NEW YORK — These days, in the theater, there are puppets everywhere you look: behind a scrim as shadows in “Wicked,” singing about schadenfreude in “Avenue Q,” eating fellow actors in “Little Shop of Horrors.”
And the proliferation of puppets couldn’t make Basil Twist, a longtime avant-garde New York puppeteer, any happier.
This story first appeared in the November 6, 2003 issue of WWD. Subscribe Today.
“I think it’s great that there are different kinds of puppets,” Twist says at the Vineyard Theatre, where Paula Vogel’s play, “The Long Christmas Ride Home,” featuring puppets of his design, opened this week. “This way, people can pick and choose and see the power of puppetry as a dramatic medium and not just as fun.”
“The Long Christmas Ride Home” is an unusual project for Twist, who develops his work from the ground up. He staged “Symphonie Fantastique,” for example, to Berlioz’s composition in a fish tank using abstract puppets like ribbons and cut-out paper shapes. (When Twist first performed the show, he used a 500-gallon tank at the HERE Performing Arts Center, where he also runs a puppet workshop; last spring, he restaged it at Lincoln Center using a 10,000-gallon tank.) But Vogel, who won the Pulitzer for her play “How I Learned To Drive” in 1998 and wrote this particular piece to include nonhuman actors, sought Twist out.
The new play chronicles a family’s car ride to and from Christmas dinner with bickering parents in the front seat, played by actors, and their children, played by puppets, in the back. When the car skids off the road, the play jumps several years into the future to show the audience how this particular Christmas affects the rest to come. “The puppets are a mixture of American realism and Japanese stylization, but they also had to look like kids,” Twist explains. “Usually, I do a lot more fantastical stuff.”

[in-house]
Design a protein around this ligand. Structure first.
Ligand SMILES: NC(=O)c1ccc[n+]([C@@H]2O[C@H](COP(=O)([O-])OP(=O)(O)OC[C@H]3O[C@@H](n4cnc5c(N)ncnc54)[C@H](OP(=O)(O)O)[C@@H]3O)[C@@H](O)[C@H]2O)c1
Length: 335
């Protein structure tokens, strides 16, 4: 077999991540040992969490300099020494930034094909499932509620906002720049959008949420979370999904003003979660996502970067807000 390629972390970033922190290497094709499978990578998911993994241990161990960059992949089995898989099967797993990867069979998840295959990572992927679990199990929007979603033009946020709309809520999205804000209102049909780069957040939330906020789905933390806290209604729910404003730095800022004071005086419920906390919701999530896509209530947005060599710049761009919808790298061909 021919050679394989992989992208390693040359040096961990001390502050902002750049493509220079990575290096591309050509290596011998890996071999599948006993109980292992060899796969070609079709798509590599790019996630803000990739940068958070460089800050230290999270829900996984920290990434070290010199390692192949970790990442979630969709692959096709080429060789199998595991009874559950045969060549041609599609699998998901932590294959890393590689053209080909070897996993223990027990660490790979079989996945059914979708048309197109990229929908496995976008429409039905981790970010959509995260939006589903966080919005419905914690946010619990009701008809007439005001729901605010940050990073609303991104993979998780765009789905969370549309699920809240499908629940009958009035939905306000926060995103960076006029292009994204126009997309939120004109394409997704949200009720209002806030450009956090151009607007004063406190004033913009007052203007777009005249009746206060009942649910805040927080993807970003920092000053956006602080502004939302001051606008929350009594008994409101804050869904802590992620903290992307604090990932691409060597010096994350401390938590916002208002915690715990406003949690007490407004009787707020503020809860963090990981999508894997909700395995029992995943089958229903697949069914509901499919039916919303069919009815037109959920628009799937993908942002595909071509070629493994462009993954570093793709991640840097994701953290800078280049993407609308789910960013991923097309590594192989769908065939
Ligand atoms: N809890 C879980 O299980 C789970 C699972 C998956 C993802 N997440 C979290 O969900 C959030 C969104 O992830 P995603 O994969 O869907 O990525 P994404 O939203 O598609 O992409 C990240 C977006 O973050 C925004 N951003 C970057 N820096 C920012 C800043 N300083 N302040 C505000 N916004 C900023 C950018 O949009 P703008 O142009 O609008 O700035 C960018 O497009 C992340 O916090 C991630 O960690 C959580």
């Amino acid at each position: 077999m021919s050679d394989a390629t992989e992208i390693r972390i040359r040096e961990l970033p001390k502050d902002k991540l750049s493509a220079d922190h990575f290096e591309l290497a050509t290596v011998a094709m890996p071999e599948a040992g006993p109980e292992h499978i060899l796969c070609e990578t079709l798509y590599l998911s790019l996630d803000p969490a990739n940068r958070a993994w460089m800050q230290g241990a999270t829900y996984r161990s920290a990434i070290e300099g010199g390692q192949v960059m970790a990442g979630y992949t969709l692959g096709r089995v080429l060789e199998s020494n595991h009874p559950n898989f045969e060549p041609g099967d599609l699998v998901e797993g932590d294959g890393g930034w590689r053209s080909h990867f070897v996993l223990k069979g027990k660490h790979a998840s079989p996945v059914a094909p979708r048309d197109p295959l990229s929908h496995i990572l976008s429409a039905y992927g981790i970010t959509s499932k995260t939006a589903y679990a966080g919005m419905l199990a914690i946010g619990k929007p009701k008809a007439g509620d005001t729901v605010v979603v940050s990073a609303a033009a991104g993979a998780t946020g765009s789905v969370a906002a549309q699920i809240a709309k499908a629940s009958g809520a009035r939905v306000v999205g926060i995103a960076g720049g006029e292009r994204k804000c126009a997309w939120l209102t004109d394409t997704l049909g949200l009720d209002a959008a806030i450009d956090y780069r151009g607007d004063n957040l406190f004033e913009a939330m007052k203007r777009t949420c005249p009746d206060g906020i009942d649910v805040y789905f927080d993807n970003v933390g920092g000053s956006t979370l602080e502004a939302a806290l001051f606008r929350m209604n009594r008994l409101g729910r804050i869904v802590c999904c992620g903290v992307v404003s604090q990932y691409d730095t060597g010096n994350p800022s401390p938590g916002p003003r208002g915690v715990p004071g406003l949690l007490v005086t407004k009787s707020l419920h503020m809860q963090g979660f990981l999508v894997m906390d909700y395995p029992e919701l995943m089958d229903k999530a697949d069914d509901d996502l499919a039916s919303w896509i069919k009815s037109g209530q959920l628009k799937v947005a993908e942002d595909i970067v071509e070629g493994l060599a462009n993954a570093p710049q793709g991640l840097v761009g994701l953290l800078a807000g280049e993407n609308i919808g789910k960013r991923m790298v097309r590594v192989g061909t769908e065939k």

Twist calls the new puppets, which are operated from their heads with a toggle and wear handmade clothing (and store-bought shoes), “the dramatic center” of the show. “Puppetry has the power to convey a sense of childhood,” Twist says. “It touches people in a different way than having a child on stage. A puppet becomes something that people can project onto.”
Twist grew up around puppets. His grandfather was a bandleader who used puppets of famous bandleaders, like Cab Calloway, in his act, and his mother, who now writes books like “The Soul of Money,” had a children’s puppet company. Basil didn’t ever perform, though. “I just got to go backstage and touch the puppets and see where they lived.”
Though the child puppets in “The Long Christmas Ride Home” are fairly straightforward, there are some particularly Twistian touches, including a parade of kimonos that enters from backstage while the characters are at church. And Twist has been commissioned by the Japan Society for more Japanese-influenced work. “I’m still figuring out what I’m going to do,” he says. “There’s an abstract puppetry folk tradition in Japan of sliding screens that open and close or flip over or get increasingly smaller. It’s something like the work I’ve been doing for a while.”